Verdi - Don Carlo Highlights - Guilini - Placido Domingo - Caballe - Romantic Opera LP

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Verdi - Don Carlo - Guilini


Placido Domingo
Montserrat Caballe
Sherrill Milnes
Ruggero Raminodi
Shirley Verrett

Conductor: Carlo Maria Giulini
Ambrosian Opera Chorus & Orchestra
of the Royal Opera House, Covent Garden

Label: EMI / Angel
Cat#: S-36918
Record: VG+ VG++
Cover: In Shrink - Mint but opened, slight cornerwear top right
Country: USA


Side One:

Act II

Questo arcano dal Re...
Dio, che nell'alma infondere (Band 1, 6:19)

Quest'e la pace (Band 2, 7:00)


Sire! egli e tempo ch'io viva! (Band 4, 5:04)

Act IV

Ella giammai m'amo! (Band 4, 10:26)

Side Two:

Act IV (continued)

Pieta! Pieta!...O don fatale (Band 1, 7:03)

Per me giunto e il di supremo (Band 2, 8:26)

Act V

Tu che le vanita (Band 3, 10:57)

Opera in sound alone can never be the full monty, just as Shakespeare on the radio can't be. The grander the Grand Opera the more true this is, and Don Carlo is bigger in scope even than Aida. It is about a lot more than the story of a love-triangle set against a background of armies, slaves, pyramids and elephants: there are four parties to the love-interest alone, the role of Posa is nearly as important as any of them, and the action takes in the fate of the royal house of Spain, the imperial dominion in Flanders and the overweening power of the Spanish Inquisition. It cries out for staging. However in sound alone the Grand Inquisitor without his garb will have difficulty in being more than a disembodied bass voice given that his is a rather small part, and however dramatically kings, princes, princesses and nobles sing and act with their voices I can't help finding myself more concerned with them as sopranos, tenors, baritones and basses than as the dramatis personae they would be for me in the opera house.

I focus mainly on the musical side. In any case there is no possible risk that if this music is sung properly it will come across as a concert - Verdi sees to that. He was a dramatist to the marrow of his bones, and the listener at home has only to follow the words in order to be caught up in the grand sombre tragedy that Verdi has burned into music. The best performance recorded, for me, will be the performance that most consistently conveys both power and beauty, because this opera is about tormented human emotions at the mercy of ruthless political power in addition to their own tragic fallibility.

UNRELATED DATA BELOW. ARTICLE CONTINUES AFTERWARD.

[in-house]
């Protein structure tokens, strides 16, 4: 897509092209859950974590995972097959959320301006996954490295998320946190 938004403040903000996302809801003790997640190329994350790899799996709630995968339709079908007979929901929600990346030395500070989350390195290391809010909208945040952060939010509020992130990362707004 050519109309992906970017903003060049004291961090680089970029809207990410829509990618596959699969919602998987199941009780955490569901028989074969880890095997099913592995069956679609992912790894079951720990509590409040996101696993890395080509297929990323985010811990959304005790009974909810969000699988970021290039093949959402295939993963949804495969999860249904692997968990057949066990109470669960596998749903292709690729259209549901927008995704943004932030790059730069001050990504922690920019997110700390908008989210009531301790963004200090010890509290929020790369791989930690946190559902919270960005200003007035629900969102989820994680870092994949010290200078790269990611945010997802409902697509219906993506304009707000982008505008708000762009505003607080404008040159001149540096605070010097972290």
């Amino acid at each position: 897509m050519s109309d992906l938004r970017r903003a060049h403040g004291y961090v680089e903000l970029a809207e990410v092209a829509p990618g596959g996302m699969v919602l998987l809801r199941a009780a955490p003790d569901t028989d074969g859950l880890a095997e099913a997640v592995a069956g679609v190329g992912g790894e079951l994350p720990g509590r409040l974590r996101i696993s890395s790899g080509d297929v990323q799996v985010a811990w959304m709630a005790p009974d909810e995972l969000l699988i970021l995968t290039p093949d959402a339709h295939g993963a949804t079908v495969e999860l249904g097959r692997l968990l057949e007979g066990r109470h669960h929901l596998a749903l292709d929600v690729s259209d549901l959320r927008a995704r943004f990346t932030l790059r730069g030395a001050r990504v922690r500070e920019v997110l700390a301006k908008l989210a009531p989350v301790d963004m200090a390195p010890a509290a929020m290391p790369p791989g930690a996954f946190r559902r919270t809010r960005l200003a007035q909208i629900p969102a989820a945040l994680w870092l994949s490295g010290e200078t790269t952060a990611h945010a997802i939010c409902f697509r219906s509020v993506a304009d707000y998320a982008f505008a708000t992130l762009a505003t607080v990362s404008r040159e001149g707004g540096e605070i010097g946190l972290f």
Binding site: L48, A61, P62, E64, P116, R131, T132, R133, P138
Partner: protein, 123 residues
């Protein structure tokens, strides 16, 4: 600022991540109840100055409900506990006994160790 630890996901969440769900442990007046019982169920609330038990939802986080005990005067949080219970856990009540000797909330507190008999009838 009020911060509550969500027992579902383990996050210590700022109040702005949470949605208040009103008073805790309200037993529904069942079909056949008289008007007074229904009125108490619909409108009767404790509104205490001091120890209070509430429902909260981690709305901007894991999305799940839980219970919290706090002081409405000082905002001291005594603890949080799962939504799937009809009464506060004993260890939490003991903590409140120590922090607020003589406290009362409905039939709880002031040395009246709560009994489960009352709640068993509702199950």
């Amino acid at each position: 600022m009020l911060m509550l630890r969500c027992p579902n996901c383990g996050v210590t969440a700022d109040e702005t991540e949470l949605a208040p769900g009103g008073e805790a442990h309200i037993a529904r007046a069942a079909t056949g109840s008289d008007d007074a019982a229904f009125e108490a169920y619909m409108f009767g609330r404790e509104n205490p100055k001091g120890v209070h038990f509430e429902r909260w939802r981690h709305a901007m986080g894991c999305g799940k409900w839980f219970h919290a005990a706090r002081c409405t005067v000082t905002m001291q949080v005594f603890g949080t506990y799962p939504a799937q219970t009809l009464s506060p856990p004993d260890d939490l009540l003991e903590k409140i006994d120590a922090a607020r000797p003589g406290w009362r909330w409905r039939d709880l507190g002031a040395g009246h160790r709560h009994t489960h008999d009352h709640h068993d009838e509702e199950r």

None of that needs any staging when conveyed in music like this. It would be a tall order to expect any performance of this outsize opera to be perfect. It is not a perfect work itself, on any showing. Even by Verdi's standards it went through an enormous amount of rethinking and revision, and it has surely the most peculiar and unconvincing conclusion there can ever have been in a work of its stature.

A worthy performance has to convey total and absolute belief and commitment, but the focus has to be on beauty as well, more than would be so in the opera house, because sound is all we have.

One doesn't have to get far into the first act to realise that this Don Carlo is going to score quite exceptionally highly in point of beauty. Domingo is in superb voice, and Caballe surpasses herself.

As the work goes on I suppose it might be fair to say that her lower register is not the equal of her higher, but this is Verdi and not Wagner. Wagner pitches his solo parts reasonably so as not to put strain on the voices, Verdi exploits the upper range of every voice except the bass with remorseless partiality, and Caballe rises to his monstrous demands magnificently.

Eboli is a mezzo role, but the challenge Verrett has to overcome is hardly less in that respect, and her confession of the theft of the jewel-box is perhaps the final solo gem in a performance that is a jewel-box itself. Not everyone is absolutely right - the Grand Inquisitor's voice is too youthful, but I have very little criticism indeed to make of any of the major roles. Raimondi as the king seems perfectly good to me, and Milnes delivers a fine rendering of the part of Posa, combining power and inwardness, sometimes at one and the same time. If there is a high spot to the entire performance it is surely the quartet in act IV, a sublime outpouring of beautiful sound from all the principals together.

In the last analysis this Don Carlo surpasses any other I have ever heard for its combination of sheer beauty with wholehearted power. Giulini was born to conduct it, and I doubt I have a single criticism of anything he does from start to finish.

The recording is now 35 years old, but you might not be able to tell. Now only weeks from Giulini's passing I am especially glad to be able to give such an unqualified endorsement to what I believe to be one of his finest achievements, indeed one of the finest opera recordings I know. It's only to be expected that there are details that one prefers in other accounts, but for sheer consistent quality at the highest level I would say your search can safely end here.
More Information
Condition Used
Format LP
Label Angel